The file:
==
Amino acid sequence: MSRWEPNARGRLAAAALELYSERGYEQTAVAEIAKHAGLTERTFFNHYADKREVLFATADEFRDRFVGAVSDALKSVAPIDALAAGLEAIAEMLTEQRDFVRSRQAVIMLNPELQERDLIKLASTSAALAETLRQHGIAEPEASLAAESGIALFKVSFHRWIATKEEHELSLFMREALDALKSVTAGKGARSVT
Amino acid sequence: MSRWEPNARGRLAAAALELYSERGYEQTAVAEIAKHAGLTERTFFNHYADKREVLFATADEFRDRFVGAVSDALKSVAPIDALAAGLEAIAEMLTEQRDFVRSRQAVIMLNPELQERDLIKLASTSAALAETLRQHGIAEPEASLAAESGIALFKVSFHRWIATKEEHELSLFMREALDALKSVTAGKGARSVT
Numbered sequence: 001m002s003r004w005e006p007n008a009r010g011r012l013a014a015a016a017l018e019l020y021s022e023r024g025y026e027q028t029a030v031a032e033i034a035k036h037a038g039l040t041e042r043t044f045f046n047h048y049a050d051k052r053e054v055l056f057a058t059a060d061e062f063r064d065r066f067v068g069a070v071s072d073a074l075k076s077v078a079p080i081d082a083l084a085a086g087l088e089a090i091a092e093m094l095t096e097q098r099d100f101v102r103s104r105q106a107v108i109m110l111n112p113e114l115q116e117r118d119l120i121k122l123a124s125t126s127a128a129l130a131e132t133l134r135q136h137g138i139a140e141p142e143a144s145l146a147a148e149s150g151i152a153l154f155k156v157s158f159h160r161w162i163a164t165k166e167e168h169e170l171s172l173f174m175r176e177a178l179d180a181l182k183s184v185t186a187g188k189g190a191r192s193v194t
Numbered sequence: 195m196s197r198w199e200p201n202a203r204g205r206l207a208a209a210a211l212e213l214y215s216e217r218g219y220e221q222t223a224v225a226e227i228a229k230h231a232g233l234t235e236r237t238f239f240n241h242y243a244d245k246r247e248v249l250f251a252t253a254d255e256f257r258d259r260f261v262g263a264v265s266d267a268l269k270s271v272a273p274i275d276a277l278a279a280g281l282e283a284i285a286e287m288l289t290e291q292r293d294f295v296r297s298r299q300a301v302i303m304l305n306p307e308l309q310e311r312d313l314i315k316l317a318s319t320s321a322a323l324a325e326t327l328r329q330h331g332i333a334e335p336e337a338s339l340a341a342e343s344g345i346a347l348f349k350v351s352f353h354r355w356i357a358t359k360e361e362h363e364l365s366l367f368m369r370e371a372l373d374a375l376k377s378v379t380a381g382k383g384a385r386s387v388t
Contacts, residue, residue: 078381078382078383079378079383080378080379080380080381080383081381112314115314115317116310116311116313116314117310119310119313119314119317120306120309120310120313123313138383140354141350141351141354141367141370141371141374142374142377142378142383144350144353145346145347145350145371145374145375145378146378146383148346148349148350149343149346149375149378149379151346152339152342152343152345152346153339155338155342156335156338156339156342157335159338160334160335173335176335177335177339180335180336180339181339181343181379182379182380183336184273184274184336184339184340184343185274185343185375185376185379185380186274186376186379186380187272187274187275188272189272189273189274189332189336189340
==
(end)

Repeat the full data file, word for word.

Amino acid sequence: MSRWEPNARGRLAAAALELYSERGYEQTAVAEIAKHAGLTERTFFNHYADKREVLFATADEFRDRFVGAVSDALKSVAPIDALAAGLEAIAEMLTEQRDFVRSRQAVIMLNPELQERDLIKLASTSAALAETLRQHGIAEPEASLAAESGIALFKVSFHRWIATKEEHELSLFMREALDALKSVTAGKGARSVT
Amino acid sequence: MSRWEPNARGRLAAAALELYSERGYEQTAVAEIAKHAGLTERTFFNHYADKREVLFATADEFRDRFVGAVSDALKSVAPIDALAAGLEAIAEMLTEQRDFVRSRQAVIMLNPELQERDLIKLASTSAALAETLRQHGIAEPEASLAAESGIALFKVSFHRWIATKEEHELSLFMREALDALKSVTAGKGARSVT
Numbered sequence: 001m002s003r004w005e006p007n008a009r010g011r012l013a014a015a016a017l018e019l020y021s022e023r024g025y026e027q028t029a030v031a032e033i034a035k036h037a038g039l040t041e042r043t044f045f046n047h048y049a050d051k052r053e054v055l056f057a058t059a060d061e062f063r064d065r066f067v068g069a070v071s072d073a074l075k076s077v078a079p080i081d082a083l084a085a086g087l088e089a090i091a092e093m094l095t096e097q098r099d100f101v102r103s104r105q106a107v108i109m110l111n112p113e114l115q116e117r118d119l120i121k122l123a124s125t126s127a128a129l130a131e132t133l134r135q136h137g138i139a140e141p142e143a144s145l146a147a148e149s150g151i152a153l154f155k156v157s158f159h160r161w162i163a164t165k166e167e168h169e170l171s172l173f174m175r176e177a178l179d180a181l182k183s184v185t186a187g188k189g190a191r192s193v194t
Numbered sequence: 195m196s197r198w199e200p201n202a203r204g205r206l207a208a209a210a211l212e213l214y215s216e217r218g219y220e221q222t223a224v225a226e227i228a229k230h231a232g233l234t235e236r237t238f239f240n241h242y243a244d245k246r247e248v249l250f251a252t253a254d255e256f257r258d259r260f261v262g263a264v265s266d267a268l269k270s271v272a273p274i275d276a277l278a279a280g281l282e283a284i285a286e287m288l289t290e291q292r293d294f295v296r297s298r299q300a301v302i303m304l305n306p307e308l309q310e311r312d313l314i315k316l317a318s319t320s321a322a323l324a325e326t327l328r329q330h331g332i333a334e335p336e337a338s339l340a341a342e343s344g345i346a347l348f349k350v351s352f353h354r355w356i357a358t359k360e361e362h363e364l365s366l367f368m369r370e371a372l373d374a375l376k377s378v379t380a381g382k383g384a385r386s387v388t
Contacts, residue, residue: 078381078382078383079378079383080378080379080380080381080383081381112314115314115317116310116311116313116314117310119310119313119314119317120306120309120310120313123313138383140354141350141351141354141367141370141371141374142374142377142378142383144350144353145346145347145350145371145374145375145378146378146383148346148349148350149343149346149375149378149379151346152339152342152343152345152346153339155338155342156335156338156339156342157335159338160334160335173335176335177335177339180335180336180339181339181343181379182379182380183336184273184274184336184339184340184343185274185343185375185376185379185380186274186376186379186380187272187274187275188272189272189273189274189332189336189340